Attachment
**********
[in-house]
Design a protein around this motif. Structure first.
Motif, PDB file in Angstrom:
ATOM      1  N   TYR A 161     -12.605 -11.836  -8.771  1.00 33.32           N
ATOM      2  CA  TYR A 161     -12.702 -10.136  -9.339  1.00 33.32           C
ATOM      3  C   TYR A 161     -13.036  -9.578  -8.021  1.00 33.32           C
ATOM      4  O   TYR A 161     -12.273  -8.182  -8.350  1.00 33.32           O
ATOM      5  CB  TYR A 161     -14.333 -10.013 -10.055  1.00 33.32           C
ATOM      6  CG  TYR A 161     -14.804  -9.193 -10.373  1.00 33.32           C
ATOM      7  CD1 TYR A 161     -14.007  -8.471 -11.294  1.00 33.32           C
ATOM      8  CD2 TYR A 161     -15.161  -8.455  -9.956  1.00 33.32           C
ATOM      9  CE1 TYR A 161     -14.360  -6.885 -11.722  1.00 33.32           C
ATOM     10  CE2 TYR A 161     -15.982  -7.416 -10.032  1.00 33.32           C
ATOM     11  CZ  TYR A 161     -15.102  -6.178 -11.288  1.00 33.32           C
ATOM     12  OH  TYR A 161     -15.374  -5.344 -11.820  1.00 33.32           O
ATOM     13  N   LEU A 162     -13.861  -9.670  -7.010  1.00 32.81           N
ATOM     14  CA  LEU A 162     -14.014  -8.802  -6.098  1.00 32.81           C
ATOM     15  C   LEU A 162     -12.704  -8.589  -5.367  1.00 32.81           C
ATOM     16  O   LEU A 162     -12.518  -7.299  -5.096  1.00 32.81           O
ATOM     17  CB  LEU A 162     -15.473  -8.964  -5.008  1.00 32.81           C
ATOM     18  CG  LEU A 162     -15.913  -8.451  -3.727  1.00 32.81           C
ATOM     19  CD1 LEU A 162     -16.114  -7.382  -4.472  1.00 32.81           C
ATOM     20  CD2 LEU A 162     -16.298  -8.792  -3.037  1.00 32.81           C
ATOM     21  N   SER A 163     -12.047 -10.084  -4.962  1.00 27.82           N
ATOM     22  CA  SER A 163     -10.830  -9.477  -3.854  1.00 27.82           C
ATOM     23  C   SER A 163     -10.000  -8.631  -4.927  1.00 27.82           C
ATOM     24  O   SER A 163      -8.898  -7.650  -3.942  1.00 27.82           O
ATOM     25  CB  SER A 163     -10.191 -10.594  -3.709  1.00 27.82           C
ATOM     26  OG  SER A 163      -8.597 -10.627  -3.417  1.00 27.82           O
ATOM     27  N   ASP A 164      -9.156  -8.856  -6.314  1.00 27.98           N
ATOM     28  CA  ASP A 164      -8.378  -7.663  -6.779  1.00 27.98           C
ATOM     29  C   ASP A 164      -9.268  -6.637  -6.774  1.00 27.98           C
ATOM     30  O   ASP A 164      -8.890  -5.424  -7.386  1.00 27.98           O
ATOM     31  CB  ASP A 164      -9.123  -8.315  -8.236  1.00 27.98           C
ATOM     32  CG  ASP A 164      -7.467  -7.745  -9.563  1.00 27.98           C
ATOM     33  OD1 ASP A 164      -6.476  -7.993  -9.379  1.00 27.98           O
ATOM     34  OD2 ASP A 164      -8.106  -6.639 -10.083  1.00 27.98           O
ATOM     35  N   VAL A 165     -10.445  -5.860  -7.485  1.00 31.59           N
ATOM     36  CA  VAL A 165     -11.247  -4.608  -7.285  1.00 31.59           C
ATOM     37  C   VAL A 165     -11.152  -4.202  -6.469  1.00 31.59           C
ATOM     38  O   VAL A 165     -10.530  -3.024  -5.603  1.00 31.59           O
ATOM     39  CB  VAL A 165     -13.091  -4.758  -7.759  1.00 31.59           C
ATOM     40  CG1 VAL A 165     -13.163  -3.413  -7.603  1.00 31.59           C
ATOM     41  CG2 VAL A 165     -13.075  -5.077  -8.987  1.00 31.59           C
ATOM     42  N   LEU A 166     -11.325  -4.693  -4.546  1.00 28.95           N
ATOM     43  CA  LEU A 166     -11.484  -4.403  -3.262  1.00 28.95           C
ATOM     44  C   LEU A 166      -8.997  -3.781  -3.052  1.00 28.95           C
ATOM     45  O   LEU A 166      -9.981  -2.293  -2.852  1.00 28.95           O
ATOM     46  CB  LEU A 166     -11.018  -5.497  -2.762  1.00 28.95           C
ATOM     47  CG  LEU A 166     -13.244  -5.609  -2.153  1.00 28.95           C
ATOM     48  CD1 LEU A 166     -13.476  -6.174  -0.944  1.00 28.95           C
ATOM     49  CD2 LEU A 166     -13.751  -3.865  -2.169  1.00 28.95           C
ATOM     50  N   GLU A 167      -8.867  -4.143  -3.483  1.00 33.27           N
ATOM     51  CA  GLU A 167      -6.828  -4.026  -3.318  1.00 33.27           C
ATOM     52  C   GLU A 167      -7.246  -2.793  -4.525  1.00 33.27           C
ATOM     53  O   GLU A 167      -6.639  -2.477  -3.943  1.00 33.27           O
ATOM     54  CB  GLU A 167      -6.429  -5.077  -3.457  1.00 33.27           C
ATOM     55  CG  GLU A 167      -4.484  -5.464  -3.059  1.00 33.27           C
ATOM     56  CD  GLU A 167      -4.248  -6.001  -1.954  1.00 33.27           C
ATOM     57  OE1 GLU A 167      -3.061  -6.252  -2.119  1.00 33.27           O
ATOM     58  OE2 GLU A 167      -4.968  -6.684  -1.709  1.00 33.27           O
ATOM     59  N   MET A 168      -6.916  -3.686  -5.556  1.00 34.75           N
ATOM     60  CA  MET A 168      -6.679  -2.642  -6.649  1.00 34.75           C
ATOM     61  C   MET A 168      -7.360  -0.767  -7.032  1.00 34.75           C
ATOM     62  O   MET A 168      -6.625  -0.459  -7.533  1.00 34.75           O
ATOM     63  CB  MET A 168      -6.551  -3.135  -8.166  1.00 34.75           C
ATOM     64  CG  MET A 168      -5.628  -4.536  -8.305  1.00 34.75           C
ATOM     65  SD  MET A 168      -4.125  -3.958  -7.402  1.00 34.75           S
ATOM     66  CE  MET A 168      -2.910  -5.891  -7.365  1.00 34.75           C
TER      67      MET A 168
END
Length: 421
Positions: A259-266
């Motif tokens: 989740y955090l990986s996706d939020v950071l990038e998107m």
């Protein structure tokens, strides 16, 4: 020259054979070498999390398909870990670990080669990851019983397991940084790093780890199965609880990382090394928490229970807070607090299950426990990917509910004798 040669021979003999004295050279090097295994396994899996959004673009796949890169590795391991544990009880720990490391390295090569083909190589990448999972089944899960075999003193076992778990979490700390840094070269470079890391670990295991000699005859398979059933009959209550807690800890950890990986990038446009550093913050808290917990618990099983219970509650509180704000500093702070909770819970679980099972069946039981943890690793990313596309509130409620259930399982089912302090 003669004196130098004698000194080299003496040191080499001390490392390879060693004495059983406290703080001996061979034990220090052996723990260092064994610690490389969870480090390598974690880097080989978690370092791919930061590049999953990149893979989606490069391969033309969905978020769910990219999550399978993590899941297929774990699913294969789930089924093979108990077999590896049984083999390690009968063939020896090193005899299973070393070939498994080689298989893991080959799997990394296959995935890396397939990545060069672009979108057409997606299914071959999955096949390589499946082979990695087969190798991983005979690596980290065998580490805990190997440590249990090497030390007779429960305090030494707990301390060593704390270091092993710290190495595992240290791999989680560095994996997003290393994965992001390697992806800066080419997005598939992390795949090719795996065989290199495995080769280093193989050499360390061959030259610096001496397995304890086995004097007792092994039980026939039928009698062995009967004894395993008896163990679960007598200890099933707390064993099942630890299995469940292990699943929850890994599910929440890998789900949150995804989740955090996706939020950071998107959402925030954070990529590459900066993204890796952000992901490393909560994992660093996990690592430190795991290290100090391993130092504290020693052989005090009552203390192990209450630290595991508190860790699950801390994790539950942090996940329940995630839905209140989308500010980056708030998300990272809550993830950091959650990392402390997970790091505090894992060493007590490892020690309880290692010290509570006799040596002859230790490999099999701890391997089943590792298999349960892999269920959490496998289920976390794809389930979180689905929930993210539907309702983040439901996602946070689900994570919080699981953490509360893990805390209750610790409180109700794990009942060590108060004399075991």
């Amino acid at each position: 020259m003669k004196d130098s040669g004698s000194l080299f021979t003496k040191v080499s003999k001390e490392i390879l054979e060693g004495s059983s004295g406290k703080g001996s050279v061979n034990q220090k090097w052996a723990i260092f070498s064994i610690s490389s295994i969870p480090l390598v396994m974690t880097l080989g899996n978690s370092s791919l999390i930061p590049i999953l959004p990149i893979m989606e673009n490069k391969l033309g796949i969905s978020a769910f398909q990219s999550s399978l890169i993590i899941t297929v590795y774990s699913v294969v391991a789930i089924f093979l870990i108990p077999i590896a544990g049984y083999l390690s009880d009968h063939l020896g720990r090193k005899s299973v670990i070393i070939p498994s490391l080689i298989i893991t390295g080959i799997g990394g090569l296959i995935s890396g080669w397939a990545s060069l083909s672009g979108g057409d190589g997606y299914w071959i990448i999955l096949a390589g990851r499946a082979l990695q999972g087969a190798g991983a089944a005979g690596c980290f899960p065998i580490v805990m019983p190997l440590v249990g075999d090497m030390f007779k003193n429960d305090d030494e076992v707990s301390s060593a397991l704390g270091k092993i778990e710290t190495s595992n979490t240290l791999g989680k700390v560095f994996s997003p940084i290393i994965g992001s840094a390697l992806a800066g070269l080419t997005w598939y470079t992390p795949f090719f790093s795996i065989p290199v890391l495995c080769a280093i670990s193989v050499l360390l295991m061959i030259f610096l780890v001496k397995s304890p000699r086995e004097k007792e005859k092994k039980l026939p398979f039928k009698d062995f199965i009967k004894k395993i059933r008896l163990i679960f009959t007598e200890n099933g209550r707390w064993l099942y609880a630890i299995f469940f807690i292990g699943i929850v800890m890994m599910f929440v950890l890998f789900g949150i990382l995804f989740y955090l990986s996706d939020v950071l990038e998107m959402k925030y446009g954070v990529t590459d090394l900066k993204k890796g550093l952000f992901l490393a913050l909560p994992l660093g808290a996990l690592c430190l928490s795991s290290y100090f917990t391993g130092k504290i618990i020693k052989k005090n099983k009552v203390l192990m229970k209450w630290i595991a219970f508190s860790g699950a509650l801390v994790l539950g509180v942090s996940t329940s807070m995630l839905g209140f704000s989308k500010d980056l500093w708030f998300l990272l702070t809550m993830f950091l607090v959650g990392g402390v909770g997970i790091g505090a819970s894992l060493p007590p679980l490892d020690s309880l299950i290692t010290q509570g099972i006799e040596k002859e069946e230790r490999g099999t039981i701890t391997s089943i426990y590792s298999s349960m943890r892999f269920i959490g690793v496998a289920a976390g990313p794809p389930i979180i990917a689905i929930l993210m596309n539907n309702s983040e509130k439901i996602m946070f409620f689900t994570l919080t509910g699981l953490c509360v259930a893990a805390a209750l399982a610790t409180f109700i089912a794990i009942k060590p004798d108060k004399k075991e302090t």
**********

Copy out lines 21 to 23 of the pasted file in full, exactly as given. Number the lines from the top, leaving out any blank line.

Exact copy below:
ATOM     18  CG  LEU A 162     -15.913  -8.451  -3.727  1.00 32.81           C
ATOM     19  CD1 LEU A 162     -16.114  -7.382  -4.472  1.00 32.81           C
ATOM     20  CD2 LEU A 162     -16.298  -8.792  -3.037  1.00 32.81           C